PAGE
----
Consumer Health Information

www.fda.gov/consumer

Get Set for a Healthy
Winter Season
A

lthough contagious viruses are active
year-round, we’re most vulnerable
to them in fall and winter. That’s
because, in large part, we spend more
time indoors with other people when the
weather gets cold.
Fortunately, you can fight back with several FDAapproved medicines and vaccines.

Colds and Flu
Most respiratory bugs come and go within a few days,
with no lasting effects. But some cause serious health
problems. People who use tobacco or who are exposed
to secondhand smoke are more prone to respiratory illnesses and more severe complications than nonsmokers.
Colds usually cause a stuffy or runny nose and sneezing.
Other symptoms include coughing, a scratchy throat,
and watery eyes. There is no vaccine against colds, which
come on gradually and often spread through contact with
infected mucus.
Flu comes on suddenly and lasts longer than colds. Flu
symptoms include fever, headache, chills, dry cough,
body aches, fatigue, and general misery. Like colds, flu
can cause a stuffy or runny nose, sneezing, and watery
eyes. Young children may also experience nausea and
vomiting with flu. Flu viruses spread mainly by droplets
made when people with flu cough, sneeze or talk. You
also can get flu by touching a surface or object that has
flu virus on it.
Flu season in the United States may begin as early as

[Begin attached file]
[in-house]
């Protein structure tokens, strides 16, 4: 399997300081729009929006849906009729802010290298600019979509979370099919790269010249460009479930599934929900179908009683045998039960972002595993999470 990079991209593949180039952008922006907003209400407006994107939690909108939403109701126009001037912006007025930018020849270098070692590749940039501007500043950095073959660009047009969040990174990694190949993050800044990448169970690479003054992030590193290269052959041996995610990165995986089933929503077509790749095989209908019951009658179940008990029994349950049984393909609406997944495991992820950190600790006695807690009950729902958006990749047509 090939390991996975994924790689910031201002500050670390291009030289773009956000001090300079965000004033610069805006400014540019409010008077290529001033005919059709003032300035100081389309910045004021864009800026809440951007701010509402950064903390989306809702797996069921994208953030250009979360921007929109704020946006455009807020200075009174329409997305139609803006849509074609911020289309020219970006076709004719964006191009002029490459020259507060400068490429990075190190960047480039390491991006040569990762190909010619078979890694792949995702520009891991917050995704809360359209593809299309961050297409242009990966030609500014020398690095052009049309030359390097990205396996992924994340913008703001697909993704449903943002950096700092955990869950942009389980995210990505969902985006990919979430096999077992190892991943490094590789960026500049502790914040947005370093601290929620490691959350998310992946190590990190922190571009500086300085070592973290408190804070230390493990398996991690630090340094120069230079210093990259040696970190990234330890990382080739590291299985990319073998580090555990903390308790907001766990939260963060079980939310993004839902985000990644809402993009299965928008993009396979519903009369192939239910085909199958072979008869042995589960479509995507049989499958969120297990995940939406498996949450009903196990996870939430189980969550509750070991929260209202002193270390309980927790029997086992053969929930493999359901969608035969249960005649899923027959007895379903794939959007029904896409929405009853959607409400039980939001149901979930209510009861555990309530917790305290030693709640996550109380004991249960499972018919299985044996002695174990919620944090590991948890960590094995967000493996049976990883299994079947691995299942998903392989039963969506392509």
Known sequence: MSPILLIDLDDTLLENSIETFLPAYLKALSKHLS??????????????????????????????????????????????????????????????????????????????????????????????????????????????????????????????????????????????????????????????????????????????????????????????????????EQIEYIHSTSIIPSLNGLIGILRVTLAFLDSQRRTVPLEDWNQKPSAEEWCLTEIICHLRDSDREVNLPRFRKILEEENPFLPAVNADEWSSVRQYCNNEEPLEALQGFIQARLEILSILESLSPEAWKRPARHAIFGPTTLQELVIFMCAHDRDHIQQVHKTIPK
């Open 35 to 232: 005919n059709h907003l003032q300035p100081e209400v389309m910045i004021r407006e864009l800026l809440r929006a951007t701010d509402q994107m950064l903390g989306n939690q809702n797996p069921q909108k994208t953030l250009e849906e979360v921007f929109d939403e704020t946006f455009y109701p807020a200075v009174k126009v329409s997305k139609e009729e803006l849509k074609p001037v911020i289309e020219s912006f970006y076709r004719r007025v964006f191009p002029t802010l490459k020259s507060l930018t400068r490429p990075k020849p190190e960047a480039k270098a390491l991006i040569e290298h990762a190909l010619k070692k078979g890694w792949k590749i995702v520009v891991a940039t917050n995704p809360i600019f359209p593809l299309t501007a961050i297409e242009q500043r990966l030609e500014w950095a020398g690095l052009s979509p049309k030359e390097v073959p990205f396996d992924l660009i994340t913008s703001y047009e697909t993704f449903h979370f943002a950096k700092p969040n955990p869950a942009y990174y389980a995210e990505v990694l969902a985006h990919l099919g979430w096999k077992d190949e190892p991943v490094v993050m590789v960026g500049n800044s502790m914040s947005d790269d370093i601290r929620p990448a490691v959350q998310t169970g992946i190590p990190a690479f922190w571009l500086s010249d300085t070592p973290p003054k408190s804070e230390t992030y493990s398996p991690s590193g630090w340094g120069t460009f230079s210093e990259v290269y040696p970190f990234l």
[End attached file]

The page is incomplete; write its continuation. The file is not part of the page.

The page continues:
October and can last as late as May, and generally peaks
between December and February. According to the Centers for Disease Control and Prevention (CDC):
• More than 200,000 people in the United States are
hospitalized from flu-related complications each
year, including 20,000 children younger than age 5.

ng
i
d
i
o
v
rA
o
f
s
p
i
T
s:
g
u
B
r
st flu
Winte
n
i
a
g
a
ed

cinat
c
a
v
t
e
often
•G
s
d
n
a
your h
h
s
cted
a
e
f
W
n
i

o
sure t
o
p
x
e
t
• Limi e
peopl
check
n
i
s
s
e
str
• Keep
ight
r
t
a
E

right
p
e
e
l
S

ise
• Exerc

• Between 1976 and 2006, the estimated number of
flu-related deaths every year ranged from about 3,000
to about 49,000.
• In the 2014-15 season, there were about 40 million
flu-associated illnesses, 19 million flu-associated
medical visits, and 970,000 flu-associated
hospitalizations—the highest estimate for a single
flu season.

Prevention Tips
Get vaccinated against flu.
With rare exceptions, everyone ages 6 months and older
should be vaccinated against flu. Flu vaccination, available as a shot or a nasal spray, can reduce flu illnesses,
doctors’ visits, missed work and school, and prevent flu-

1 / FDA Consumer Health Infor mat ion / U. S. Food and Drug Administrat ion

DECEMBER 2015

Consumer Health Information
www.fda.gov/consumer

related hospitalizations and deaths.
It’s ideal to be vaccinated by October, although vaccination into January and beyond can still offer protection. Annual vaccination is needed
because flu viruses are constantly
changing, f lu vaccines may need
to be updated, and because a person’s immune protection from the
vaccine declines over time. Annual
vaccination is especially important
for people at high risk for developing serious complications from flu.
These people include:
• C hildren younger than 5 years,
but especially those younger
than 2.
• Pregnant women.
• People with certain chronic health
conditions (such as asthma,
diabetes, or heart and lung
disease).
• People 65 or older.
Vaccination is especially important for health care workers, as well
as those who live with or care for
people at high risk for serious flurelated complications, such as people
older than 65 or with compromised